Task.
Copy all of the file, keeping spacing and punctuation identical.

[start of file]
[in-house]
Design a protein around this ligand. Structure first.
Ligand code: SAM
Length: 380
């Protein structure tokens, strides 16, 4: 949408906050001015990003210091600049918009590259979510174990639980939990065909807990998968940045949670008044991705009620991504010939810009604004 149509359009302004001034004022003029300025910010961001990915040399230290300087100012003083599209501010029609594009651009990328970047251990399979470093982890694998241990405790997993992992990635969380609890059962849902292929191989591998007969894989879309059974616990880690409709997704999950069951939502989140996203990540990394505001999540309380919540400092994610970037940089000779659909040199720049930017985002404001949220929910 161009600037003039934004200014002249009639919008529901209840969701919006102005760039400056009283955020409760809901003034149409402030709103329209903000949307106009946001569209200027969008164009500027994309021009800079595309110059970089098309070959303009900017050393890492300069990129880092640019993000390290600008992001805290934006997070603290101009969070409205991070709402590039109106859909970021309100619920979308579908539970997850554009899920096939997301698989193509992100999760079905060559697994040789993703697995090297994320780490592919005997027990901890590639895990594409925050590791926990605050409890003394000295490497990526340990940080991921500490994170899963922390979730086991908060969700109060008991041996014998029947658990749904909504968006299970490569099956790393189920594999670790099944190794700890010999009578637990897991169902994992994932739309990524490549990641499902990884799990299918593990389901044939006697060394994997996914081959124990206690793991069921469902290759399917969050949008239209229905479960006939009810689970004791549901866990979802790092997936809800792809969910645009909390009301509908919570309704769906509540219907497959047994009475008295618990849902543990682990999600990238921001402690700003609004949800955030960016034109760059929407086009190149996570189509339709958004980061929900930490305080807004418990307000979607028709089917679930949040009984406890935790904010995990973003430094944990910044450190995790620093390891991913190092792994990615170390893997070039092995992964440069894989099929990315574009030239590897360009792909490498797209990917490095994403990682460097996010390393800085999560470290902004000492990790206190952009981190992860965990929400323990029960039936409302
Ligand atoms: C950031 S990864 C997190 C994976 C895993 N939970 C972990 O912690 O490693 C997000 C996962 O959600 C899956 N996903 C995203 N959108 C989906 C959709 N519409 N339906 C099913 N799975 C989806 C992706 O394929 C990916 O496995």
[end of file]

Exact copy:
[in-house]
Design a protein around this ligand. Structure first.
Ligand code: SAM
Length: 380
């Protein structure tokens, strides 16, 4: 949408906050001015990003210091600049918009590259979510174990639980939990065909807990998968940045949670008044991705009620991504010939810009604004 149509359009302004001034004022003029300025910010961001990915040399230290300087100012003083599209501010029609594009651009990328970047251990399979470093982890694998241990405790997993992992990635969380609890059962849902292929191989591998007969894989879309059974616990880690409709997704999950069951939502989140996203990540990394505001999540309380919540400092994610970037940089000779659909040199720049930017985002404001949220929910 161009600037003039934004200014002249009639919008529901209840969701919006102005760039400056009283955020409760809901003034149409402030709103329209903000949307106009946001569209200027969008164009500027994309021009800079595309110059970089098309070959303009900017050393890492300069990129880092640019993000390290600008992001805290934006997070603290101009969070409205991070709402590039109106859909970021309100619920979308579908539970997850554009899920096939997301698989193509992100999760079905060559697994040789993703697995090297994320780490592919005997027990901890590639895990594409925050590791926990605050409890003394000295490497990526340990940080991921500490994170899963922390979730086991908060969700109060008991041996014998029947658990749904909504968006299970490569099956790393189920594999670790099944190794700890010999009578637990897991169902994992994932739309990524490549990641499902990884799990299918593990389901044939006697060394994997996914081959124990206690793991069921469902290759399917969050949008239209229905479960006939009810689970004791549901866990979802790092997936809800792809969910645009909390009301509908919570309704769906509540219907497959047994009475008295618990849902543990682990999600990238921001402690700003609004949800955030960016034109760059929407086009190149996570189509339709958004980061929900930490305080807004418990307000979607028709089917679930949040009984406890935790904010995990973003430094944990910044450190995790620093390891991913190092792994990615170390893997070039092995992964440069894989099929990315574009030239590897360009792909490498797209990917490095994403990682460097996010390393800085999560470290902004000492990790206190952009981190992860965990929400323990029960039936409302
Ligand atoms: C950031 S990864 C997190 C994976 C895993 N939970 C972990 O912690 O490693 C997000 C996962 O959600 C899956 N996903 C995203 N959108 C989906 C959709 N519409 N339906 C099913 N799975 C989806 C992706 O394929 C990916 O496995």